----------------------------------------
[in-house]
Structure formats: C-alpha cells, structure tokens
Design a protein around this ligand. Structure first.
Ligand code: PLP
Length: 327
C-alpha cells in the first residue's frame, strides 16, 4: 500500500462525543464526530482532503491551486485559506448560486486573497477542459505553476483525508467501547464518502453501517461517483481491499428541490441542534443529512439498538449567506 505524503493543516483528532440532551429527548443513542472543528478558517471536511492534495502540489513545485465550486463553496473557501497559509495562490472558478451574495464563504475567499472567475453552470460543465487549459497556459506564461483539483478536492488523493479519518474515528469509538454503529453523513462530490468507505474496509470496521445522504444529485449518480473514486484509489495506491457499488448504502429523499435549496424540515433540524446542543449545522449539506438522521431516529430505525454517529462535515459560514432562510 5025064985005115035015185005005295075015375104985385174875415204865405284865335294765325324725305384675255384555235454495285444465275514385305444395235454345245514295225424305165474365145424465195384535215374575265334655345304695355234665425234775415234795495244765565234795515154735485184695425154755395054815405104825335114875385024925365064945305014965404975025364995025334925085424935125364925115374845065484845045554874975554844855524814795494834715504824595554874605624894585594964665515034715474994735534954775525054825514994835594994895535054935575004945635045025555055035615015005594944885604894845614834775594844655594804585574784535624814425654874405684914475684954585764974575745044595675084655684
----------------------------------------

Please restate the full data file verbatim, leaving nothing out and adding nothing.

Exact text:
[in-house]
Structure formats: C-alpha cells, structure tokens
Design a protein around this ligand. Structure first.
Ligand code: PLP
Length: 327
C-alpha cells in the first residue's frame, strides 16, 4: 500500500462525543464526530482532503491551486485559506448560486486573497477542459505553476483525508467501547464518502453501517461517483481491499428541490441542534443529512439498538449567506 505524503493543516483528532440532551429527548443513542472543528478558517471536511492534495502540489513545485465550486463553496473557501497559509495562490472558478451574495464563504475567499472567475453552470460543465487549459497556459506564461483539483478536492488523493479519518474515528469509538454503529453523513462530490468507505474496509470496521445522504444529485449518480473514486484509489495506491457499488448504502429523499435549496424540515433540524446542543449545522449539506438522521431516529430505525454517529462535515459560514432562510 5025064985005115035015185005005295075015375104985385174875415204865405284865335294765325324725305384675255384555235454495285444465275514385305444395235454345245514295225424305165474365145424465195384535215374575265334655345304695355234665425234775415234795495244765565234795515154735485184695425154755395054815405104825335114875385024925365064945305014965404975025364995025334925085424935125364925115374845065484845045554874975554844855524814795494834715504824595554874605624894585594964665515034715474994735534954775525054825514994835594994895535054935575004945635045025555055035615015005594944885604894845614834775594844655594804585574784535624814425654874405684914475684954585764974575745044595675084655684